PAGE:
The most exquisite sequence of Shakespeare in Love—and perhaps this should be no surprise—is the rendition of Romeo and Juliet finally premiered to a rapt audience toward the picture's close. Fiennes and Paltrow, in the lead roles of that performance, use the drama to exorcise their own great sadness at foreseeing the end of their affair. Shakespeare should really have gotten screenwriting credit for this project, since so many of the picture's greatest effects rely on or spring from his inimitably beautiful words. Shakespeare in Love makes you joyously happy that previously-planned starring duos (Kenneth Branagh and Winona Ryder at one point, Daniel Day-Lewis and Julia Roberts at another) gave way to two fresh-faced luminaries whose youth becomes as poignant in the last scenes as it is elsewhere invigorating. There's no question by the end of the film what magic Paltrow and Fiennes have worked in making this script seem so sparkling and un-lofty. (It helps that their clothes, designed to perfection by the infallible Sandy Powell, are so beautiful that you almost hate the moments when the lovers take them off.)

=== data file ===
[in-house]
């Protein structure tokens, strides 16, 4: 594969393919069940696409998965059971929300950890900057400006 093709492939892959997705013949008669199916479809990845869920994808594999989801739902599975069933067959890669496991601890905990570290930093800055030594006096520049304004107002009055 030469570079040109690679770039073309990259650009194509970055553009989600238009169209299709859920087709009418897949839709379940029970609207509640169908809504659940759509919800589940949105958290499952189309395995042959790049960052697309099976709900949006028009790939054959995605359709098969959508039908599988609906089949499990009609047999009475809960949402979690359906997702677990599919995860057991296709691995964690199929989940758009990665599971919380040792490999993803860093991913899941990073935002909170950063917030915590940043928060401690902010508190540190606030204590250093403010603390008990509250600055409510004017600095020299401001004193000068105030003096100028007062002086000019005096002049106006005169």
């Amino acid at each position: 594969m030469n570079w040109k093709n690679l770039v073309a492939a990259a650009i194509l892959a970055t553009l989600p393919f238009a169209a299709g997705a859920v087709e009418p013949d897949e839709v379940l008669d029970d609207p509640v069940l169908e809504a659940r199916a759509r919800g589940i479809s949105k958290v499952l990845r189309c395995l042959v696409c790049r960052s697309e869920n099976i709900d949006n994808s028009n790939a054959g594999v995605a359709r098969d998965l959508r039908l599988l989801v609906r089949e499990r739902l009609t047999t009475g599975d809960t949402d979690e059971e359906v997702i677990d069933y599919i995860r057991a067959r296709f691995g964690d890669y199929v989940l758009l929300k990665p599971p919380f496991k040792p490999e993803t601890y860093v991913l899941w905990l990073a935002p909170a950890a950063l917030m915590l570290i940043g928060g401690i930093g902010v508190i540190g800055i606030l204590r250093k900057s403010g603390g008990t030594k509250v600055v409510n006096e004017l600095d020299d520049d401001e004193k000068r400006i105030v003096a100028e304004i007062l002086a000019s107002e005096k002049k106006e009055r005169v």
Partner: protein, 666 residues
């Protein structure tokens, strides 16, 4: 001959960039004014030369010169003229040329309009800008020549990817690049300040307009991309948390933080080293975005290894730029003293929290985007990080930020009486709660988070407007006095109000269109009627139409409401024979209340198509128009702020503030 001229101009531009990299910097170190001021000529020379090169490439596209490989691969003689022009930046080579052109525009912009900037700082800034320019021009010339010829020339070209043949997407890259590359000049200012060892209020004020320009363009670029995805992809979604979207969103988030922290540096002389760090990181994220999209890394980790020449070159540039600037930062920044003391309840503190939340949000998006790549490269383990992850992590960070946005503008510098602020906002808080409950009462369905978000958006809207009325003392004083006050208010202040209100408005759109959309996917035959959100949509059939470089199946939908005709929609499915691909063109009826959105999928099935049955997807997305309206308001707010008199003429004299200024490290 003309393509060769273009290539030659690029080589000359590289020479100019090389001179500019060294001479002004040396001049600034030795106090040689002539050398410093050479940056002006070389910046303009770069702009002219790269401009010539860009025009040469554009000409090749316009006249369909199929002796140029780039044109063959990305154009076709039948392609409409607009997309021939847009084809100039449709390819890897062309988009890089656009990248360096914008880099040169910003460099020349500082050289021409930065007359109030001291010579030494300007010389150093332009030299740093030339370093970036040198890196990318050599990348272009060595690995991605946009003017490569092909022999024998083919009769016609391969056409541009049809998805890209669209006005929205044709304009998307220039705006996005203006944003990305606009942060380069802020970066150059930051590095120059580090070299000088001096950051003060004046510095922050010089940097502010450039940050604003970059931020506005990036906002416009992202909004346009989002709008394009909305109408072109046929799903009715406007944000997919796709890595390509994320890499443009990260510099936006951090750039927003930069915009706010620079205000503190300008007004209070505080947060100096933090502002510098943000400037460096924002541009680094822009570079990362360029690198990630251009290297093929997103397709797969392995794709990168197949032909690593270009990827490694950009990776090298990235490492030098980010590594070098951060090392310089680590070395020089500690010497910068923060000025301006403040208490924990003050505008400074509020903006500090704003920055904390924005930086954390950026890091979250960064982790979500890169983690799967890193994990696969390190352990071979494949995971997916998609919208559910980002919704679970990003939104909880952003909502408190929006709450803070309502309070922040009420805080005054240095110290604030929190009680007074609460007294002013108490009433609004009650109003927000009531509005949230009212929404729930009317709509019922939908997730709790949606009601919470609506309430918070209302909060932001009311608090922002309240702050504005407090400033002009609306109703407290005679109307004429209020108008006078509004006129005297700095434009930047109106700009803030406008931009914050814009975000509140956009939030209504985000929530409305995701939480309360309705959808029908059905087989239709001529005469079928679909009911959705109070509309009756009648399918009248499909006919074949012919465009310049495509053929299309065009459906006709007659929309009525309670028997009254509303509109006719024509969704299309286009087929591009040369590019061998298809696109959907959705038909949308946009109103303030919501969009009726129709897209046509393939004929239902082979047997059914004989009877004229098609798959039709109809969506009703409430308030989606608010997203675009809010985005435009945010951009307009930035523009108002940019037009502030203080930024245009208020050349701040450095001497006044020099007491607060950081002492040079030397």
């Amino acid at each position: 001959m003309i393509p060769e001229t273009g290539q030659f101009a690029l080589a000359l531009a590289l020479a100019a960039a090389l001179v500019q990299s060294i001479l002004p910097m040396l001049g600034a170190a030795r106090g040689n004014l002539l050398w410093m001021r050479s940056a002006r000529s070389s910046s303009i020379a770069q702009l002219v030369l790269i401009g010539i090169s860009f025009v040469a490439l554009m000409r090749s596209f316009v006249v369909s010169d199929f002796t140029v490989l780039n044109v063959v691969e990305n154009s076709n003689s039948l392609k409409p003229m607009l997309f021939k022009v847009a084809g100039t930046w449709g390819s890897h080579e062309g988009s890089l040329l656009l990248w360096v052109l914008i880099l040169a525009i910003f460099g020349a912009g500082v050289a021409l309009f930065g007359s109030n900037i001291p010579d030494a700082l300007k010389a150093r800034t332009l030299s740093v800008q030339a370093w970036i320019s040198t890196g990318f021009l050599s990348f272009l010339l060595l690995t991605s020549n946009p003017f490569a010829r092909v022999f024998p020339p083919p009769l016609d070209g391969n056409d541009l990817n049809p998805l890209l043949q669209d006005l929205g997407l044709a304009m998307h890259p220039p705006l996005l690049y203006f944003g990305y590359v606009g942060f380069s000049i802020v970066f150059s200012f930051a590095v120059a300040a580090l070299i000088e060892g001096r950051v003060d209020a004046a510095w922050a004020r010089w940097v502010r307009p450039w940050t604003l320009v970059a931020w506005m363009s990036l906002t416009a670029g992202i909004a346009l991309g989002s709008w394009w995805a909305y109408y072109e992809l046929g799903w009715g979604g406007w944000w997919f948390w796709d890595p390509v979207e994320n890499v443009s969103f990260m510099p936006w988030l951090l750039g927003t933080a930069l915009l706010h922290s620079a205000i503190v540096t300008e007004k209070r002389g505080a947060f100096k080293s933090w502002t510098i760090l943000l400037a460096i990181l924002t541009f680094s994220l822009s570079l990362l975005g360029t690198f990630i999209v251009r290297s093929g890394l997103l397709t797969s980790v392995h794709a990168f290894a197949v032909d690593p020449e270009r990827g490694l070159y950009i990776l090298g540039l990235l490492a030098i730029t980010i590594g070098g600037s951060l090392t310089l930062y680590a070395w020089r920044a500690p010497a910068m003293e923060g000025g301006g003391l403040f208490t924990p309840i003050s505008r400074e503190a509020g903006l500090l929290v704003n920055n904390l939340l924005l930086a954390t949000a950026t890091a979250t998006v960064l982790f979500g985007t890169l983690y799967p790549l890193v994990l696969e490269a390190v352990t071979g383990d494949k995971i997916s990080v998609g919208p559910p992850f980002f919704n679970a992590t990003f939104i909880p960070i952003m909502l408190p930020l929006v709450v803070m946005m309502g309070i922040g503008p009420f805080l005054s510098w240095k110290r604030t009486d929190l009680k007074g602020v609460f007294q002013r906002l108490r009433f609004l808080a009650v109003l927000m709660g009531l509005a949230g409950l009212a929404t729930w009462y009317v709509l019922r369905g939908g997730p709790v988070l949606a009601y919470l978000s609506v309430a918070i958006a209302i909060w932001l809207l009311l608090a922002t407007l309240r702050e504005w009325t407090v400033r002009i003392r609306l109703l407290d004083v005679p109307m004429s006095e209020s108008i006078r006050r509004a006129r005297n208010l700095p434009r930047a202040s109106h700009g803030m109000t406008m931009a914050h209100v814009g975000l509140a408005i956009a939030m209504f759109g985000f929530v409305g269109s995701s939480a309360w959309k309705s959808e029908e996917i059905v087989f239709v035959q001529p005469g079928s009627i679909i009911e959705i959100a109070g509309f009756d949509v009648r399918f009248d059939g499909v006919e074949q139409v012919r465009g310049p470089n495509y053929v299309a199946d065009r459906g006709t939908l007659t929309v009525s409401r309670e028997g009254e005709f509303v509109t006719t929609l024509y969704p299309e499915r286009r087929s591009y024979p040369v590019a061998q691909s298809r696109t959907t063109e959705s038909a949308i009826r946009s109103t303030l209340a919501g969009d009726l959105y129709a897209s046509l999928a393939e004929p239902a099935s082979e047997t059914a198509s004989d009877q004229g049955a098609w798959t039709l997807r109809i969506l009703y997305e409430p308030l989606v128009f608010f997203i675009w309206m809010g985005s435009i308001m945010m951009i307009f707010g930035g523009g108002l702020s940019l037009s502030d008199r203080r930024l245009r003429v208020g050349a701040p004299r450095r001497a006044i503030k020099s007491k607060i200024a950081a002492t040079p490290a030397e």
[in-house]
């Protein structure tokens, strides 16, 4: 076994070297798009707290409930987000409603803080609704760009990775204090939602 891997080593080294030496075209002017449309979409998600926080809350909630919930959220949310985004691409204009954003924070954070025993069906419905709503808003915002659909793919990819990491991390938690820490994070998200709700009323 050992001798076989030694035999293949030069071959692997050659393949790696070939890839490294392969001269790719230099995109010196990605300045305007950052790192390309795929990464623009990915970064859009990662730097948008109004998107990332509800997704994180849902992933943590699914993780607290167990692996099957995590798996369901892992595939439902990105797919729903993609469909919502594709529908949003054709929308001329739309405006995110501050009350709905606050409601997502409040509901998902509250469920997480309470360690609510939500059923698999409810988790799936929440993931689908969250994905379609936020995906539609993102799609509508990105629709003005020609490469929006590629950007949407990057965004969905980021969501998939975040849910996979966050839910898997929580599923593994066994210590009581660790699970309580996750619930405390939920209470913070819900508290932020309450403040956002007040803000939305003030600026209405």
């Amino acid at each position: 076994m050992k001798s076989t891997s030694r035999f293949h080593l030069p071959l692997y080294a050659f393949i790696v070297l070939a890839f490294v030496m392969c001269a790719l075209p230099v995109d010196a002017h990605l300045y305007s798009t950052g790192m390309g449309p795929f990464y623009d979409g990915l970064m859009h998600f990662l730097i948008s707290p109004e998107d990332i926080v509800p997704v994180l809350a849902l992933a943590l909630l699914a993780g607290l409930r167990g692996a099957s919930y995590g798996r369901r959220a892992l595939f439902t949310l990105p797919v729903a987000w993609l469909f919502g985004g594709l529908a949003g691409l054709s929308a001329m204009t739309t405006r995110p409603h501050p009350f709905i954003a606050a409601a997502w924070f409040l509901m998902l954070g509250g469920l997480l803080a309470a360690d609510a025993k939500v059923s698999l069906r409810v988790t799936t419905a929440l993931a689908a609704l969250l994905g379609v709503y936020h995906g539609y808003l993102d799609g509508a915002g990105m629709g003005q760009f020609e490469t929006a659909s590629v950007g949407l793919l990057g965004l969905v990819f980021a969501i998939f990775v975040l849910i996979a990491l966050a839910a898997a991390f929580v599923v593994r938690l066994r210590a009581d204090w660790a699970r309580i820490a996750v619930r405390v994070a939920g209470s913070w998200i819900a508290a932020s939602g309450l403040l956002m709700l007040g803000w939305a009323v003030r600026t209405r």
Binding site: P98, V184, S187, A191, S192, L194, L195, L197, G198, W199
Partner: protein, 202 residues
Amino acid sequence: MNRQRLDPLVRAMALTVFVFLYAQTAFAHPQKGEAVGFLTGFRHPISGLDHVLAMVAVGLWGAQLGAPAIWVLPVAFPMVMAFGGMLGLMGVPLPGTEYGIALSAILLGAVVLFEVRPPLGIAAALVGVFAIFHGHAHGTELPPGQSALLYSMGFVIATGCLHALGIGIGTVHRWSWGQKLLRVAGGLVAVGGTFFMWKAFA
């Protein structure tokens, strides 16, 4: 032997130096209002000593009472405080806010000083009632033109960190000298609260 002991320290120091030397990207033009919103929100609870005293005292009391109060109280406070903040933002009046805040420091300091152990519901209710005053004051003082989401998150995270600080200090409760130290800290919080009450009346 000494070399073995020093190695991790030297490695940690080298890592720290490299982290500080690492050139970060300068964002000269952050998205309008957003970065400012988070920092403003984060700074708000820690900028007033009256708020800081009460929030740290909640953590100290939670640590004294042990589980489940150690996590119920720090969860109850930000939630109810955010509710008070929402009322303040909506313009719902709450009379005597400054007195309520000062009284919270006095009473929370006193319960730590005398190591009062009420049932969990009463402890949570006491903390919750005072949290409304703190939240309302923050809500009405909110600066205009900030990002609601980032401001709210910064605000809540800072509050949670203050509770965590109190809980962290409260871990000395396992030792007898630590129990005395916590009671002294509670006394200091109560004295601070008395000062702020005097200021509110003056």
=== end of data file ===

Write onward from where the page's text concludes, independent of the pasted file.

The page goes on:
Shakespeare in Love is a confection, and not necessarily one that I expect will endure as more than a jaunty love letter to more substantial works of art. In fact, given Richard Greatrex's staid cinematography and the well-proven talents of the cast, one almost wonders if the material might have been better served on stage. It does seem like a distinctly theatrical piece, though David Gamble's shrewd editing keeps the whole thing moving along—and beyond that, its existence on film allows many more people to see it than ever would were it played out on the boards. I would have liked a few more glimpses of Viola before she meets Will, or of her life outside the theatre even after the two become acquainted; heck, a few lines of dialogue that weren't just fawning adorations of Fiennes might also have been welcome. As it is, entire passages in this picture might more properly be entitled Viola in Love. Still, comedies rarely come as tightly constructed and as generous of spirit as this one, and even rarer is the trick of getting funnier and richer as a comic film goes on. Shakespeare in Love's labors are never in danger of being lost, for both our hearts and our brains may take great pleasure in this breezy, radiant entertainment. B+